August 28, 2023

UN: Governments Must Protect Children from Climate Change

Committee on Rights of the Child Affirms Children’s Right to a Healthy Environment

Governments must take urgent steps to implement the new, authoritative guidance of the United Nations Committee on the Rights of the Child to prevent, mitigate, and remediate the impact of climate change and other environmental harms on children.

The newly-released General Comment on Children’s Rights and the Environment with a Special Focus on Climate Change (General Comment No. 26) is an authoritative interpretation of the Convention on the Rights of the Child, which has been ratified by 195 countries and is the most widely ratified international human rights treaty. Only the United States and Somalia have failed to ratify the Convention.

“The triple planetary crisis of climate change, the collapse of biodiversity, and pervasive pollution is an urgent threat to children’s rights globally,” said Linda Lakhdhir, Legal Director at Climate Rights International. “The 195 countries that are party to the Convention on the Rights of the Child can now be in no doubt about their legal obligations to ensure that children live in a clean, healthy and sustainable environment.”

In a key conclusion, the Committee says that states should “equitably phase out the use of coal, oil and natural gas, ensure a fair and just transition of energy sources, and invest in renewable energy, energy storage and energy efficiency” in order to realize children’s right to a clean, healthy and sustainable environment. Not only must states refrain from causing environmental harm, but they must also protect children against environmental damage from other sources and third parties, including by regulating businesses.

The Comment highlights state responsibility to mitigate the impact of climate change, noting that mitigation measures “should reflect each State party’s fair share of the global effort to mitigate climate change, in the light of the total reductions necessary to protect against continuing and worsening violations of children’s rights.”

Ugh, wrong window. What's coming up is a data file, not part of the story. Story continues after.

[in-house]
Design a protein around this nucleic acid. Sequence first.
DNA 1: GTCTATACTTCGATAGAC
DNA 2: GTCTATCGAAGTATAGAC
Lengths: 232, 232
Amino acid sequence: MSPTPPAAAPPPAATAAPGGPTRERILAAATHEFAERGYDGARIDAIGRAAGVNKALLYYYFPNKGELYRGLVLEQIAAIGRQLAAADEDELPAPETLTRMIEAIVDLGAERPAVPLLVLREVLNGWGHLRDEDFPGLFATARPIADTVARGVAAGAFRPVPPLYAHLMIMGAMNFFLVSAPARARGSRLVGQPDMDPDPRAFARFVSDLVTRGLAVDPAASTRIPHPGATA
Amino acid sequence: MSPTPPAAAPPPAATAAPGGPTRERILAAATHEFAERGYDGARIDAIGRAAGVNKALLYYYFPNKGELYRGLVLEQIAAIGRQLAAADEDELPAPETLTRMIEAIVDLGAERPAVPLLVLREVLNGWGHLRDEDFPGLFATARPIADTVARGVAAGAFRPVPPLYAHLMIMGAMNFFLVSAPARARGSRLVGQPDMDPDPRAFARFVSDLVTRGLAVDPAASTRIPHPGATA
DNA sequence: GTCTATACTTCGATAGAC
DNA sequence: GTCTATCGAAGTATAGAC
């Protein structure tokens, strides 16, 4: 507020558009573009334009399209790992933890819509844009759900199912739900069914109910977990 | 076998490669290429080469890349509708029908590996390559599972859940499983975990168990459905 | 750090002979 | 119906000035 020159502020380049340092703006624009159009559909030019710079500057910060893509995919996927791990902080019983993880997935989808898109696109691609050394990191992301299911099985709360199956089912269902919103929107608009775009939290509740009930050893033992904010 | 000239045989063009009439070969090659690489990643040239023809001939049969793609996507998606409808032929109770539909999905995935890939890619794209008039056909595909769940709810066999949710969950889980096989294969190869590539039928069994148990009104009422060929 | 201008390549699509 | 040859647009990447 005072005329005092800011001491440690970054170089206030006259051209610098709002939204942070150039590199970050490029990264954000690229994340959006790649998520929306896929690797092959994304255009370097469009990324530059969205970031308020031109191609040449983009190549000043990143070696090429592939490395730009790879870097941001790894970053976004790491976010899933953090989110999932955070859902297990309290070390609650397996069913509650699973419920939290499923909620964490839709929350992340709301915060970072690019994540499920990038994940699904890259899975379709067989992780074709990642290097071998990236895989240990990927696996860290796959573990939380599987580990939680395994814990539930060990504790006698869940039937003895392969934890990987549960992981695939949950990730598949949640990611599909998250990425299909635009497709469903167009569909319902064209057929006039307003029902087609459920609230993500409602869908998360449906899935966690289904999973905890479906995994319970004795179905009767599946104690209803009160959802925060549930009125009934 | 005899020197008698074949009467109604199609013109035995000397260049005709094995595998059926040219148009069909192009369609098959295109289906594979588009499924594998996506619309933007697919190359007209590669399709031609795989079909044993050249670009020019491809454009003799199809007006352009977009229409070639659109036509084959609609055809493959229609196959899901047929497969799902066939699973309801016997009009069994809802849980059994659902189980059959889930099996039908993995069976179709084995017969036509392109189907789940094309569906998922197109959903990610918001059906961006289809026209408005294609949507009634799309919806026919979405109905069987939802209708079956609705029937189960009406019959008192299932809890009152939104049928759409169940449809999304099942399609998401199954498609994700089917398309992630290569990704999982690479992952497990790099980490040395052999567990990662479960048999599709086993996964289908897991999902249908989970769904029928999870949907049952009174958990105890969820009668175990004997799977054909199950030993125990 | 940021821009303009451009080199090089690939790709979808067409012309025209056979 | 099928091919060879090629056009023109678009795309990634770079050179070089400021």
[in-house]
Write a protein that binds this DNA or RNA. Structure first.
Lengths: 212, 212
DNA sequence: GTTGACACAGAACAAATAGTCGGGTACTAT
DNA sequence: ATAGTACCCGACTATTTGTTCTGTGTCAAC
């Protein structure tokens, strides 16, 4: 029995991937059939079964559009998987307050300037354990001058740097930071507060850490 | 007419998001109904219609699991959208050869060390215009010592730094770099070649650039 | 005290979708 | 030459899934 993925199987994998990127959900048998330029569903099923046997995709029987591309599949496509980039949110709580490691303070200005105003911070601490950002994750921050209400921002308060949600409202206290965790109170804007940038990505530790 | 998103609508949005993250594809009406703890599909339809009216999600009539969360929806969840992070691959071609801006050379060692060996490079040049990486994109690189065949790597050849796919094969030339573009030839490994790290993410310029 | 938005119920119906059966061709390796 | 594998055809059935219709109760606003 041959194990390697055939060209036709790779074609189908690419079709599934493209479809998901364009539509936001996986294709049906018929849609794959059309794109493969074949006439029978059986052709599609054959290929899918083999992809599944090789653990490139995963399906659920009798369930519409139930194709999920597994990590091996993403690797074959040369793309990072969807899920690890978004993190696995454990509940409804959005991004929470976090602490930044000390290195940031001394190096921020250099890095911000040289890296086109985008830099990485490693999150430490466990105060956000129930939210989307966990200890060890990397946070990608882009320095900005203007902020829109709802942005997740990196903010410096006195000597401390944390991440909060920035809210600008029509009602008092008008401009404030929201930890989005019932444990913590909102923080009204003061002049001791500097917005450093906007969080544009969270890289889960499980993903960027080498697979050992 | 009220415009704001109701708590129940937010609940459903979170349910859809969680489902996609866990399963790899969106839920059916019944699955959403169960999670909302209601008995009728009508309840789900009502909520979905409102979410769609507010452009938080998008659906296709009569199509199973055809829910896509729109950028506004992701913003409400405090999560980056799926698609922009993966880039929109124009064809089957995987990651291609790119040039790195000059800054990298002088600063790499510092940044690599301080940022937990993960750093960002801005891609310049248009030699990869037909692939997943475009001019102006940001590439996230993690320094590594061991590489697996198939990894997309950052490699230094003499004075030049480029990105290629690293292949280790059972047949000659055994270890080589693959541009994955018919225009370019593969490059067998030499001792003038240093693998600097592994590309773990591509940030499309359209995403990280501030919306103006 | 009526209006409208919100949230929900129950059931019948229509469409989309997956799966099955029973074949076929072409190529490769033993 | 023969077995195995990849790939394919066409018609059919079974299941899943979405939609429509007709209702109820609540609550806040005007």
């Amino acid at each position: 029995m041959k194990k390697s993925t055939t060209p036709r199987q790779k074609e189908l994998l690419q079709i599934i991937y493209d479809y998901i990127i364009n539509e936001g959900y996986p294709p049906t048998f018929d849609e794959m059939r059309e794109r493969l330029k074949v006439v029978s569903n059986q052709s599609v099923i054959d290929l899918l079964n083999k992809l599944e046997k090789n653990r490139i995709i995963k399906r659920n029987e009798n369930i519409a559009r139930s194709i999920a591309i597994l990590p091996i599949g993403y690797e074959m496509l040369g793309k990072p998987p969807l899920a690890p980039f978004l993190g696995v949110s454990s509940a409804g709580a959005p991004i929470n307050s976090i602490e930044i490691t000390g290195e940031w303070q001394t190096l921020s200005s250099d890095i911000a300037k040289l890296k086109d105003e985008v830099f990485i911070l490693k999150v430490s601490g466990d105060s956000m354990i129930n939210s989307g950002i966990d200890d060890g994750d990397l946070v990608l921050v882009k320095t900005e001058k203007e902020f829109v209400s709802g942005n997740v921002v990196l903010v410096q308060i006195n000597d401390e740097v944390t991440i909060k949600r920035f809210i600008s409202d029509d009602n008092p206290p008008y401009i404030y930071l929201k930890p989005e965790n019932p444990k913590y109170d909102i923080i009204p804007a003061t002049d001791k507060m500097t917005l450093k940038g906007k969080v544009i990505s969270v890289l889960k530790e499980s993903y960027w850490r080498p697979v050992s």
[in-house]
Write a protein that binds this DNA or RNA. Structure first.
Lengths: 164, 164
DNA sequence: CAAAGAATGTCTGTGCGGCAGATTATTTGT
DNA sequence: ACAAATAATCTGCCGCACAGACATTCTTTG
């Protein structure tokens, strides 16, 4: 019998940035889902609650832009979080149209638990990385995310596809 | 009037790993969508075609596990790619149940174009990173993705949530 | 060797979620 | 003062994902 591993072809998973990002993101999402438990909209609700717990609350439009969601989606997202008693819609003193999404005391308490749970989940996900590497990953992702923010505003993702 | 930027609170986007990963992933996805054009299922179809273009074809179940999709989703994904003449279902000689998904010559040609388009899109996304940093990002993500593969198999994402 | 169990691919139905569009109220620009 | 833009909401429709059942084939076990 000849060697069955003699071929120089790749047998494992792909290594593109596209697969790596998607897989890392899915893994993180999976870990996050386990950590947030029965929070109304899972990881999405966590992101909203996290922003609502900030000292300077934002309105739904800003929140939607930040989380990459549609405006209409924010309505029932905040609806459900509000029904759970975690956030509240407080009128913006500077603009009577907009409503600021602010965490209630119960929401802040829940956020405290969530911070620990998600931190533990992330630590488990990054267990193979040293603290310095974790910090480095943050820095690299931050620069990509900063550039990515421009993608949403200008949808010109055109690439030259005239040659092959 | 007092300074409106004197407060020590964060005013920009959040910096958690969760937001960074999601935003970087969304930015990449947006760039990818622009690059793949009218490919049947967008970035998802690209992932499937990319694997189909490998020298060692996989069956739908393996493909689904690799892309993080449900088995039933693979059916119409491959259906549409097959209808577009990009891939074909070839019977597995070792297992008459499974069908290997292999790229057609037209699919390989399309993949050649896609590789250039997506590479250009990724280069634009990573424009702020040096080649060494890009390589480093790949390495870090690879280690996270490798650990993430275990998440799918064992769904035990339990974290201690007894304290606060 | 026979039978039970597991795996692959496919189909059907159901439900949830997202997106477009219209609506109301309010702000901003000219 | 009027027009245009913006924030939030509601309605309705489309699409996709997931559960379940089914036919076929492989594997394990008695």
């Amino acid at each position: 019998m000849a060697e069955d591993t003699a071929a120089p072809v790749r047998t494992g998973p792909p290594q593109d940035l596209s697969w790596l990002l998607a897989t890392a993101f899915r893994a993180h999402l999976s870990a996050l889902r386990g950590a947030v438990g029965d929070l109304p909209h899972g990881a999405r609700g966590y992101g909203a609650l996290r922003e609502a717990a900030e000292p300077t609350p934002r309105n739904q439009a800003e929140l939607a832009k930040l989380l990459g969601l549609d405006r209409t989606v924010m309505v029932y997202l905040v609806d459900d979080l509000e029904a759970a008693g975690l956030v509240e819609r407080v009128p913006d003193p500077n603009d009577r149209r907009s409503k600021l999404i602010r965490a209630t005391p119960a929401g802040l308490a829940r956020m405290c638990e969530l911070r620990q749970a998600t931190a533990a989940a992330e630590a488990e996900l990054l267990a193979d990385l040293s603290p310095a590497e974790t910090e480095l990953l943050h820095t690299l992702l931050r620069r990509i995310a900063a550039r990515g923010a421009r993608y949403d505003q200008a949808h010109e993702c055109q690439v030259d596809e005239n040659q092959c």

Critically, at a time when young people protesting in defense of the environment face ever-increasing government repression, the Committee highlights the importance of the right to protest and the obligation of governments to protect that right.

Recognizing the principle of intergenerational equity and the rights of future generations, the Committee noted that “[w]hile the rights of children who are present on Earth require immediate urgent attention, the children constantly arriving are also entitled to the realization of their human rights to the maximum extent.”

“States must act now to protect not only children currently alive, but those who are yet to be born, who will suffer the devastation caused by current and ongoing emissions,” said Lakhdhir. “Failure to act is simply no longer an option.”

Photo Credit: A school near Lushoto, Tanzania, where children are taught reforestation techniques. © 2014 CIAT / GeorginaSmith (CC BY-NC-SA 2.0).

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